The cause of an infection always lies in the environment in which the bacteria, virus or fungus grows. Growth of the germ depends on the ground it feeds on. Healthy tissue and organs may have bacteria, viruses or fungi growing on them without harming them, in effect helping them to remain healthy and perform the task the organ is supposed to carry out. The best known example of this is our digestive system, which is full of a variety of germs. Given the right circumstances, the balance between all of them will ensure a perfectly operating digestion and absorption of all food items. This balance will occur naturally for as long as all the tissues within the stomach and gut are perfectly healthy. Once these tissues, all or in parts, start to change, to deteriorate, other germs will emerge and the function of the organ will be greatly disturbed.

This means that "having an infection" is a symptom telling us that the health of the underlying tissue has changed and the body has reacted by growing different germs, thus affecting the function of the organ, in an effort to clean the tissue up. Pus and debris are a regular occurrence in a state of infection, and noting that the living bacteria on healthy tissue do not produce pus, one has to ask the question: Where does the pus come from?

Well, we now know that the tissue, which became "infected", was no longer healthy. Rotting tissue produces debris in the same way that rotting fruit disintegrates and ferments, leaving a soggy mess on the table top. So, the pus is actually disintegrating organ tissue and the bacteria growing on it help to break the debris down and clean up the mess, in the same way that, if you left the rotting fruit for long enough the mess would gradually dry out and drastically reduce in volume and all you would be left with is a very small, dried up, clean sediment.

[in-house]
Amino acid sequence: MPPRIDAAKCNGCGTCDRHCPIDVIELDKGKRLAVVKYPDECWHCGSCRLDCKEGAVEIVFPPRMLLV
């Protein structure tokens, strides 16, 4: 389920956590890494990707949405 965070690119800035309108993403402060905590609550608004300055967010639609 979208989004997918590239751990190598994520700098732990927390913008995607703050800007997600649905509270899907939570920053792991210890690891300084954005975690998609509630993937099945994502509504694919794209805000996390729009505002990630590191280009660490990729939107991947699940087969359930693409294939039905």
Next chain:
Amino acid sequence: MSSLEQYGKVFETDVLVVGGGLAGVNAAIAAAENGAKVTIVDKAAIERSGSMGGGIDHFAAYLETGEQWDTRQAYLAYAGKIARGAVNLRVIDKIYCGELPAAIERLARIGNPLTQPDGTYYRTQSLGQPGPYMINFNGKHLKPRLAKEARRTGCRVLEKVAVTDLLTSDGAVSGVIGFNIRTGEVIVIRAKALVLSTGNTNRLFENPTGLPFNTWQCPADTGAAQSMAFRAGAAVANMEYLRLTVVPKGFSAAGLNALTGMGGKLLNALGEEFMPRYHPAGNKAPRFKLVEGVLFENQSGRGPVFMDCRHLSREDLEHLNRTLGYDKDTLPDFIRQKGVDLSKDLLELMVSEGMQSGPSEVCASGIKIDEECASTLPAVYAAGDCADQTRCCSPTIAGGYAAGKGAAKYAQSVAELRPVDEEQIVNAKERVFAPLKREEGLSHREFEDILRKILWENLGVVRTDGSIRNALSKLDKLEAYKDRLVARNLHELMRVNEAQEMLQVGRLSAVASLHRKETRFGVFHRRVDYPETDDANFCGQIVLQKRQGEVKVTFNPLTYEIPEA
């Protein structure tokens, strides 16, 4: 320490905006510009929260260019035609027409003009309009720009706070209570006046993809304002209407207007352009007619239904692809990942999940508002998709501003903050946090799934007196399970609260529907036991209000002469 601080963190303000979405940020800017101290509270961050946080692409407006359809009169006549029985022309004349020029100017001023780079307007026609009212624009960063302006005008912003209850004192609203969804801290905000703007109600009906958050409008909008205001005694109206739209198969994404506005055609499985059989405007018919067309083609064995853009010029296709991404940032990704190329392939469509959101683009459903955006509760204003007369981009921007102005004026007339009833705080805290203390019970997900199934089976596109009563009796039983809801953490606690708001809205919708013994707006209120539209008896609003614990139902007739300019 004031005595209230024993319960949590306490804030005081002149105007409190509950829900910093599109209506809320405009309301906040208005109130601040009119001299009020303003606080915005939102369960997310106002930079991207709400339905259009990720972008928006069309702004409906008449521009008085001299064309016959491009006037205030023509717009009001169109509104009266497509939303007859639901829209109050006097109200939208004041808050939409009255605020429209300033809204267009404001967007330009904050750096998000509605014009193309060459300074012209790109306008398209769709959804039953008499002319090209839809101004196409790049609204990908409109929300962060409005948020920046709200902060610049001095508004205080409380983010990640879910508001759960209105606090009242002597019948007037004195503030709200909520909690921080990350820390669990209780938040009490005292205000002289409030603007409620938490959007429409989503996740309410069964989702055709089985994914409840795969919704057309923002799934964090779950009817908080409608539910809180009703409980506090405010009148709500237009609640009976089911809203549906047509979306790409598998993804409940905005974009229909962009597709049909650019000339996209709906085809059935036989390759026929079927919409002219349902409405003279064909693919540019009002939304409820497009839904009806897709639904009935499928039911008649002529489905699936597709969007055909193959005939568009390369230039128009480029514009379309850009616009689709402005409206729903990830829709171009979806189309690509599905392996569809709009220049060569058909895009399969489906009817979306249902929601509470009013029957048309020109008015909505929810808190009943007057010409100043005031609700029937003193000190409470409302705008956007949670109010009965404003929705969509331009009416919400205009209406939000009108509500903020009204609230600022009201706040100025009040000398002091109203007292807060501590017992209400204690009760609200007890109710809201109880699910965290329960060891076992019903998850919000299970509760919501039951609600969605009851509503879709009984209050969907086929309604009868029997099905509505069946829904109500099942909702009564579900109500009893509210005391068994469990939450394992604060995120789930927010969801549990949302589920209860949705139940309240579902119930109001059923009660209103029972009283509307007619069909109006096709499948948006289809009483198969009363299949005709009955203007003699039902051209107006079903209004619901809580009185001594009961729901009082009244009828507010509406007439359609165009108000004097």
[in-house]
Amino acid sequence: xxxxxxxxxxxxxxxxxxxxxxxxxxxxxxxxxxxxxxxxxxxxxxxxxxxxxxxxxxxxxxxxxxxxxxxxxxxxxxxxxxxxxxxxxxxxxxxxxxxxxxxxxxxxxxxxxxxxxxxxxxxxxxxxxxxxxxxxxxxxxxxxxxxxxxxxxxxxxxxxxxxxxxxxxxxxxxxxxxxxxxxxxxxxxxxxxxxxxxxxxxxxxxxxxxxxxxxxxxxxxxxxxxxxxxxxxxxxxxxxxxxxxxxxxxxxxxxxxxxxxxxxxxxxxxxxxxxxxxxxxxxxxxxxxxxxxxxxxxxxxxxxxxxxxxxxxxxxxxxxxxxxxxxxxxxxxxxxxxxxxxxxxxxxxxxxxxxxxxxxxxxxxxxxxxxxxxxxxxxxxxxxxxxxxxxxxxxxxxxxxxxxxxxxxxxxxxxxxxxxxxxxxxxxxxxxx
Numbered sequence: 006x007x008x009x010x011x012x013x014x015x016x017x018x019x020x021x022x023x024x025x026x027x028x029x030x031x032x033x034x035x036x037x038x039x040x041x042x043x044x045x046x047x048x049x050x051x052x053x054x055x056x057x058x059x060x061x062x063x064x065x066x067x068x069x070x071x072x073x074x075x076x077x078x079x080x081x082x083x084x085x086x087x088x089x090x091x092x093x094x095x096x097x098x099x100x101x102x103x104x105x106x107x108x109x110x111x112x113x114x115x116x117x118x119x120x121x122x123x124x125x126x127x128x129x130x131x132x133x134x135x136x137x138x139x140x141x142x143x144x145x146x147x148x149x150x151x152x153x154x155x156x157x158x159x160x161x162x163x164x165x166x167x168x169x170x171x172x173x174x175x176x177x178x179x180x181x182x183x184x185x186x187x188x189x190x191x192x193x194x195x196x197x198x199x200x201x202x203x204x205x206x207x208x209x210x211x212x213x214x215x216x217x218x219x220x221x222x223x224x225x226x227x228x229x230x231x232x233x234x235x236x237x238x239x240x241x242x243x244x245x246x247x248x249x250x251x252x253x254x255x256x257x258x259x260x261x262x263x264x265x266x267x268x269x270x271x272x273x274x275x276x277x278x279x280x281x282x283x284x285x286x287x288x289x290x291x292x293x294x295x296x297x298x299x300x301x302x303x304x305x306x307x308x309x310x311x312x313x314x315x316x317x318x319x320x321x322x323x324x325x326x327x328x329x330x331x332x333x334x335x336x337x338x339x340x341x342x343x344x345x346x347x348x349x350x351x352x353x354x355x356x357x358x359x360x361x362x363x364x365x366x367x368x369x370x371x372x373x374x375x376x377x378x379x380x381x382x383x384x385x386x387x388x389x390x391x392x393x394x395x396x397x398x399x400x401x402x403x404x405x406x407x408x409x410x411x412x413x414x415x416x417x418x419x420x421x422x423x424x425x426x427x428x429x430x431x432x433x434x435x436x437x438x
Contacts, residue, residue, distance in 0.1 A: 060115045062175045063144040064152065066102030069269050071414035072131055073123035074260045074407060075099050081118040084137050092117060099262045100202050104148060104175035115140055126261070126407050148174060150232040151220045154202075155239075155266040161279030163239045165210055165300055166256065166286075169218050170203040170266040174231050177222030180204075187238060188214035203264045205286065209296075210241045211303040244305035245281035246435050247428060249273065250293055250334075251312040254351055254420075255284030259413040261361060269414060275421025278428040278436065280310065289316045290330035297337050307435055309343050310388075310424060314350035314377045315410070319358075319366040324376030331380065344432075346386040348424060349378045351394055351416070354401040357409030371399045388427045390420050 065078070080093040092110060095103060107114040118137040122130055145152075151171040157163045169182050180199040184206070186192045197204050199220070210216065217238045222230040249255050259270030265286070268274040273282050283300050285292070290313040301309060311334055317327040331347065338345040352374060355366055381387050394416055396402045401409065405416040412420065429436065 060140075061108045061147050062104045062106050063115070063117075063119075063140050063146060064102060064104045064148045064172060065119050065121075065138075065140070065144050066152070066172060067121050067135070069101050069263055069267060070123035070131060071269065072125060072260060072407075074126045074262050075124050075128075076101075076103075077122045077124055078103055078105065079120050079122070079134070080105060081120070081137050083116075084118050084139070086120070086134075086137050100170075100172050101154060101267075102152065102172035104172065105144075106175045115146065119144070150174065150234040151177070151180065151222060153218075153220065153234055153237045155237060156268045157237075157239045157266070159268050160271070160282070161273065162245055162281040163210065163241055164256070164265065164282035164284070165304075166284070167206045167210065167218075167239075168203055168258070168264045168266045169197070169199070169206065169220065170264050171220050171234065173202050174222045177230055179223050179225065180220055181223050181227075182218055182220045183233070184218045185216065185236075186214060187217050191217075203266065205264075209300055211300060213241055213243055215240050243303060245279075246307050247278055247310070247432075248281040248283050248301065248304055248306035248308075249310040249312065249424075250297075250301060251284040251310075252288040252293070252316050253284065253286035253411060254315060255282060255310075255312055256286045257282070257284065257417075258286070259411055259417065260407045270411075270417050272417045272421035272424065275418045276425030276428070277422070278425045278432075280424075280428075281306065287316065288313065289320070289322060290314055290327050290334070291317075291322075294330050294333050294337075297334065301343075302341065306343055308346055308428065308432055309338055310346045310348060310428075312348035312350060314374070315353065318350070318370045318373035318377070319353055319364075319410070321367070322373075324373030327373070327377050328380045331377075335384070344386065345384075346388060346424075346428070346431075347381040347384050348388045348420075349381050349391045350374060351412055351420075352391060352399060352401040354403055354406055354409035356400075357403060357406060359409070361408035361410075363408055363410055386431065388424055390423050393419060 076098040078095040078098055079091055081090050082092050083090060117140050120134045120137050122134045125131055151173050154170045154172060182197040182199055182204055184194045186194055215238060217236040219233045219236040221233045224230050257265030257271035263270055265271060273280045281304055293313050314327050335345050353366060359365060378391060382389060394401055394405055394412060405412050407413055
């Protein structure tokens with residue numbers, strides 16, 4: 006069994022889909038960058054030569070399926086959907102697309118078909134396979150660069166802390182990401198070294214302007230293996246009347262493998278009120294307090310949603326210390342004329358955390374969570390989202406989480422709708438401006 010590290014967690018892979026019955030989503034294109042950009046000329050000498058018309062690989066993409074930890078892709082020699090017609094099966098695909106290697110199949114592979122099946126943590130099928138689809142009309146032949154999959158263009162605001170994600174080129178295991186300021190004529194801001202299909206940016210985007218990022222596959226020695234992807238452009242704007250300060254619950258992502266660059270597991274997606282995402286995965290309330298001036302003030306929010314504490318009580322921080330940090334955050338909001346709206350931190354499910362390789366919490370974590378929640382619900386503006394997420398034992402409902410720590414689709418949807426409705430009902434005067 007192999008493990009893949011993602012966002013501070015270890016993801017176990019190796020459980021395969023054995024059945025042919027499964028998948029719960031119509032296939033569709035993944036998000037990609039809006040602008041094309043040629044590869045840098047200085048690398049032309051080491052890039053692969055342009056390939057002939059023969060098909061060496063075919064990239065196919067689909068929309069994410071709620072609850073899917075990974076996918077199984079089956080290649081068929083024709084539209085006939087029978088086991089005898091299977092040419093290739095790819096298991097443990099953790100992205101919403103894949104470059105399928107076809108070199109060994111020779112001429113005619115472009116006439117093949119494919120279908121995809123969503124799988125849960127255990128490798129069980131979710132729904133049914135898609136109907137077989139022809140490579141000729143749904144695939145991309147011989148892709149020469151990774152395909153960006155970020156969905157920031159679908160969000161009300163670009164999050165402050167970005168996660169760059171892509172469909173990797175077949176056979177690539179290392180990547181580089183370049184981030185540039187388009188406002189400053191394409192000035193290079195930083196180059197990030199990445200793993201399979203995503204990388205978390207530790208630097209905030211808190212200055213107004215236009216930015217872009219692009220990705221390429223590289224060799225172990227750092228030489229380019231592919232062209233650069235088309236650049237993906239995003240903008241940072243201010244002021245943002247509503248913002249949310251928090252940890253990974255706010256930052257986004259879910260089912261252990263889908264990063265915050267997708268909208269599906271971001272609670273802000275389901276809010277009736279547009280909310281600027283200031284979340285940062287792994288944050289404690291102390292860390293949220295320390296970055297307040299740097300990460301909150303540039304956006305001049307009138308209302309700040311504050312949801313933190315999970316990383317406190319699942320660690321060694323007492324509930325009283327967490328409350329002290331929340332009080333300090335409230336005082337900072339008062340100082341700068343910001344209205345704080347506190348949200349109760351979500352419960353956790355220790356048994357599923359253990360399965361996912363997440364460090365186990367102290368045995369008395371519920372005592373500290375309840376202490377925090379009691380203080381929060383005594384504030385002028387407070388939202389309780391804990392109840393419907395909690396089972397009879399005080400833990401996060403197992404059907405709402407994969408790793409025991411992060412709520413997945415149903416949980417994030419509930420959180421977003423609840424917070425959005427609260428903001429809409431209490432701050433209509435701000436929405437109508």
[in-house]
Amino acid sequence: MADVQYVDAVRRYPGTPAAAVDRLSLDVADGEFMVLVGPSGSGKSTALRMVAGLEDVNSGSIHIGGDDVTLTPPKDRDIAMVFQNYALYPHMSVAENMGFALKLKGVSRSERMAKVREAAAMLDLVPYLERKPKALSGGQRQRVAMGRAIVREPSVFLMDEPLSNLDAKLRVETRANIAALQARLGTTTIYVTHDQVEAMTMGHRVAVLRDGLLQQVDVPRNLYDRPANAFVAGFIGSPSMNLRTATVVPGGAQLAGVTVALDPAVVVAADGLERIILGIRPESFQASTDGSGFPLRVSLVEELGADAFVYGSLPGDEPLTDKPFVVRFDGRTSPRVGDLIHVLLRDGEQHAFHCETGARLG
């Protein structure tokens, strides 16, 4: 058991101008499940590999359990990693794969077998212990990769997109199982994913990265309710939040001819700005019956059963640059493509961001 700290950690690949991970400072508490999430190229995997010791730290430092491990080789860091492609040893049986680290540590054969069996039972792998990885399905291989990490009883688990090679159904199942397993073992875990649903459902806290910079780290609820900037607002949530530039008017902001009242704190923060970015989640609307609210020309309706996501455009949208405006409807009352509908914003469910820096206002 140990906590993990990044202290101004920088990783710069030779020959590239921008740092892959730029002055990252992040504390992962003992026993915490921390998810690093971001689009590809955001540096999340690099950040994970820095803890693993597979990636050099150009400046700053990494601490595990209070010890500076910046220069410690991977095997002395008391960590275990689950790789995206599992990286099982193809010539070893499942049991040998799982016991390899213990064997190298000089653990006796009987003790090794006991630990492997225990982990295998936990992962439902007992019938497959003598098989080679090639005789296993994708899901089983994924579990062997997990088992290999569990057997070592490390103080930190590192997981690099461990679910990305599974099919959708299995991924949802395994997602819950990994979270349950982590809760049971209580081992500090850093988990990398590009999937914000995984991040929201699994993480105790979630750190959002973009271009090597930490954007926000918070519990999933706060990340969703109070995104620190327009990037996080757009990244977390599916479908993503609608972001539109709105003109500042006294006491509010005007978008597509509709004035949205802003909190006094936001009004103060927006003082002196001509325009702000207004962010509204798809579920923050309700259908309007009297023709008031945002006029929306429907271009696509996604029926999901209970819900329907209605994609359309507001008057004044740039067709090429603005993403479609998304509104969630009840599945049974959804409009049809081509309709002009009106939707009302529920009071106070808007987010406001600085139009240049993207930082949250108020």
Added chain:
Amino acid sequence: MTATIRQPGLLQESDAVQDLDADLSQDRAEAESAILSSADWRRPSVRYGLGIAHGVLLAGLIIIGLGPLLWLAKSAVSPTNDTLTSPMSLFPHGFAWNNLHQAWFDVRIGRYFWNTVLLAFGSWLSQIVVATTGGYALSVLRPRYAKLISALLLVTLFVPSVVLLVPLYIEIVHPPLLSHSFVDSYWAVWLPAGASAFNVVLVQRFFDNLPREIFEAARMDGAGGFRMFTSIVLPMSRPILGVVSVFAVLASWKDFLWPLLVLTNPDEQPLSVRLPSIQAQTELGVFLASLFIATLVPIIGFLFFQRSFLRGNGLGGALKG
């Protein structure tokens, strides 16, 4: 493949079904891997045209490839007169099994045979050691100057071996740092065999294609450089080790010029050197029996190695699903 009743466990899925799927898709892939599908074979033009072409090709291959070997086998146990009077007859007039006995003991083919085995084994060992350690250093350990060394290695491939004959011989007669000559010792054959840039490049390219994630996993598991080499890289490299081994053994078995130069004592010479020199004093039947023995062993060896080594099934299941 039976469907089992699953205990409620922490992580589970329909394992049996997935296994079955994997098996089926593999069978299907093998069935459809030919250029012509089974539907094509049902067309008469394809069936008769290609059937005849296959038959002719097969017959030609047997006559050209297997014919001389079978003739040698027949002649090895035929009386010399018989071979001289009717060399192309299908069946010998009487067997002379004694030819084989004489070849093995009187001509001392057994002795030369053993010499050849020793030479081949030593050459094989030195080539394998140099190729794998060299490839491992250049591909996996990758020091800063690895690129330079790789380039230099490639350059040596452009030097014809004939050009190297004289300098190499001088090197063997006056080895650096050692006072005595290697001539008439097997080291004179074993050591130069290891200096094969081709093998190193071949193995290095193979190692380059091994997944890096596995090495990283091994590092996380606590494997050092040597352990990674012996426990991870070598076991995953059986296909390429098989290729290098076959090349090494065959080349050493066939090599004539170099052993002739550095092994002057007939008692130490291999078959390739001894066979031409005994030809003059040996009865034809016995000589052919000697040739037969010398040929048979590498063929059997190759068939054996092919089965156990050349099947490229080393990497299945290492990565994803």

If we then want to know what the symptom of infection is telling us, we will have to say that the main message is: healthy tissue has gone rotten. What has caused this deterioration in the health status of the tissue or the organ? And it is here that the symptom, once again, shows a great variety of negative influences, all contributing towards the demise of the natural environment. All kinds of poisons play a major part, whether they have accumulated from food, water, or air, or from vibrational "poisons", such as unnatural radiation. Chronic mis-management of the organ's functions is another common problem. This can occur because the nervous system's access to the organ has been interfered it ("pinched" nerves, vertebral subluxations), or because of the nervous system's unbalanced use of the resources within the organ (depression, stress, fear).

Similar reasoning shows us the variety of possible causes behind all symptoms and consequently behind all diseases. No two people with the same symptoms, or the same diagnosed disease, will have the same reasons, in the same proportion, for having the symptom or the disease.

It follows that no standardisation of treatment will ever ensure a cure for everybody. The only way to secure a 100% cure-rate is for everybody to understand what is causing their particular problem and then for that particular individual to make the necessary changes to ensure the tissues return to health.